Everything You Should Know About Eye Herpes

Medically reviewed by Ann Marie Griff, OD on November 21, 2017Written by Daniel Pendick on November 21, 2017

Overview

Eye herpes, also known as ocular herpes, is an infection of the eye by the herpes simplex virus (HSV). The most common type is called epithelial keratitis, and it affects the cornea, the clear front portion of your eye. In its mild form, eye herpes causes:

  • pain
  • inflammation
  • redness
  • tearing of the cornea surface

HSV infection of the deeper, middle layers of the cornea, known as the stroma, can cause severe damage leading to vision loss and blindness.

Both mild and severe eye herpes can be treated with antiviral medication.

Eye herpes is the most common cause of blindness associated with cornea damage in the United States and the most common source of infectious blindness in the Western world. But with prompt treatment, HSV can be kept under control and damage to the cornea minimized.

Symptoms of eye herpes

Typical symptoms of eye herpes include:

In many cases, herpes infects only one eye.

Eye herpes vs. conjunctivitis

You may mistake eye herpes for conjunctivitis, which is known commonly as pink eye. Both conditions may be caused by a virus, though conjunctivitis can also be caused by bacteria, allergies, or chemicals.

A doctor can make the correct diagnosis using a culture sample. If you have eye herpes, the culture will test positive for type 1 HSV (HSV-1). Receiving a correct diagnose can help you to receive proper treatment.

Types of eye herpes

The most common type of eye herpes is epithelial keratitis. In this type, the virus is active in the thin, outermost layer of the cornea, known as the epithelium.

HSV can also affect deeper layers of the cornea, known as the stroma. This type of eye herpes is known as stromal keratitis. Stromal keratitis is more serious than epithelial keratitis because over time and repeated outbreaks, it can damage the cornea enough to cause blindness.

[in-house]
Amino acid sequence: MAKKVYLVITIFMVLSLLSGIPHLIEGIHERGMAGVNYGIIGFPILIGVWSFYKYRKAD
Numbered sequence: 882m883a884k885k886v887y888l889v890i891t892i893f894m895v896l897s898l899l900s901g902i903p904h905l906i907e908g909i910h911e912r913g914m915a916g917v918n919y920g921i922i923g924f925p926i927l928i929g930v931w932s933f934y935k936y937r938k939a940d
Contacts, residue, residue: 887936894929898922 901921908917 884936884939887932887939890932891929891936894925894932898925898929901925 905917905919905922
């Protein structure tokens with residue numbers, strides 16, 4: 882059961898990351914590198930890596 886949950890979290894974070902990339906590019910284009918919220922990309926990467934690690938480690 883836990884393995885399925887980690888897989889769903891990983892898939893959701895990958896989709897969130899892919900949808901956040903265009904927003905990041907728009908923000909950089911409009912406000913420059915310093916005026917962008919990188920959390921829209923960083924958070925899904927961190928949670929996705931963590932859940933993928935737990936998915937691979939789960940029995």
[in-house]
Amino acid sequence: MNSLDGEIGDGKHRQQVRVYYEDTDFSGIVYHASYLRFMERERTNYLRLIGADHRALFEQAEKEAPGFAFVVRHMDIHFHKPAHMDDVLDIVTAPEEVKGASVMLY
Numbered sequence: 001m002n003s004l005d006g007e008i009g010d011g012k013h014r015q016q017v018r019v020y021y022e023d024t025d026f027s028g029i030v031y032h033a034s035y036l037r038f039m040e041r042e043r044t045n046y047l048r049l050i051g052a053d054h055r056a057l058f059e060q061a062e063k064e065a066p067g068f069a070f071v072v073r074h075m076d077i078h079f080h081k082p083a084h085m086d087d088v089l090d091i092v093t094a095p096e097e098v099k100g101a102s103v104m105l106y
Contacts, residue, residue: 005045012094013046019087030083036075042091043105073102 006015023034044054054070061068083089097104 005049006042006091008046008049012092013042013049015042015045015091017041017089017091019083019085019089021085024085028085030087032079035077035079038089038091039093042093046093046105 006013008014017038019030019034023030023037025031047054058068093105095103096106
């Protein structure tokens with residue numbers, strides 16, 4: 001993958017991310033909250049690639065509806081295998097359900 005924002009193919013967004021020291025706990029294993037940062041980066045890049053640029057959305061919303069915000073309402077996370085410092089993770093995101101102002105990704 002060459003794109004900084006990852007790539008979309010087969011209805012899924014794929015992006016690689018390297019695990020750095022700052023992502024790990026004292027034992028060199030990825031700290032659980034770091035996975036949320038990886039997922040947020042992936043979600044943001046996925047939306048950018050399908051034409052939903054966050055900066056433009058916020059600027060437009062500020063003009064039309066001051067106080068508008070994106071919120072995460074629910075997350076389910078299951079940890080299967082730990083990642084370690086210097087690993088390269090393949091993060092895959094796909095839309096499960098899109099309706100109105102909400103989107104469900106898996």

Causes of this condition

Eye herpes is caused by an HSV infection of the eyes and eyelids. It’s estimated that up to 90 percent of adults have been exposed to HSV by the age of 50. In eye herpes, HSV-1 infects these parts of the eye:

  • eyelids
  • cornea (the clear dome on the front of your eye)
  • retina (the light-sensing sheet of cells in the back of your eye)
  • conjunctiva (the thin sheet of tissue covering the white part of your eye and the inside of your eyelids)

Eye herpes isn’t sexually transmitted, but is picked up from direct contact with the skin or fluids of a person with active HSV-1. Genital herpes is usually associated with type 2 HSV and is sexually transmitted.

Once infected with HSV, you can’t completely eradicate it from your body. The virus can lie dormant and then reactivate from time to time. The risk of transmitting the virus to another person from an infected eye is low, however. Antiviral medications help to minimize damage during an outbreak.

How common is eye herpes?

Estimates vary, but approximately 20,000 new cases of eye herpes are diagnosed every year in the United States. Including recurrences, the total number of annual infectious episodes is 48,000. Eye herpes is slightly more common in men than in women.

Diagnosing eye herpes

If you have symptoms of eye herpes, see an ophthalmologist or an optometrist, both doctors who specialize in eye health. Early treatment may improve your outlook.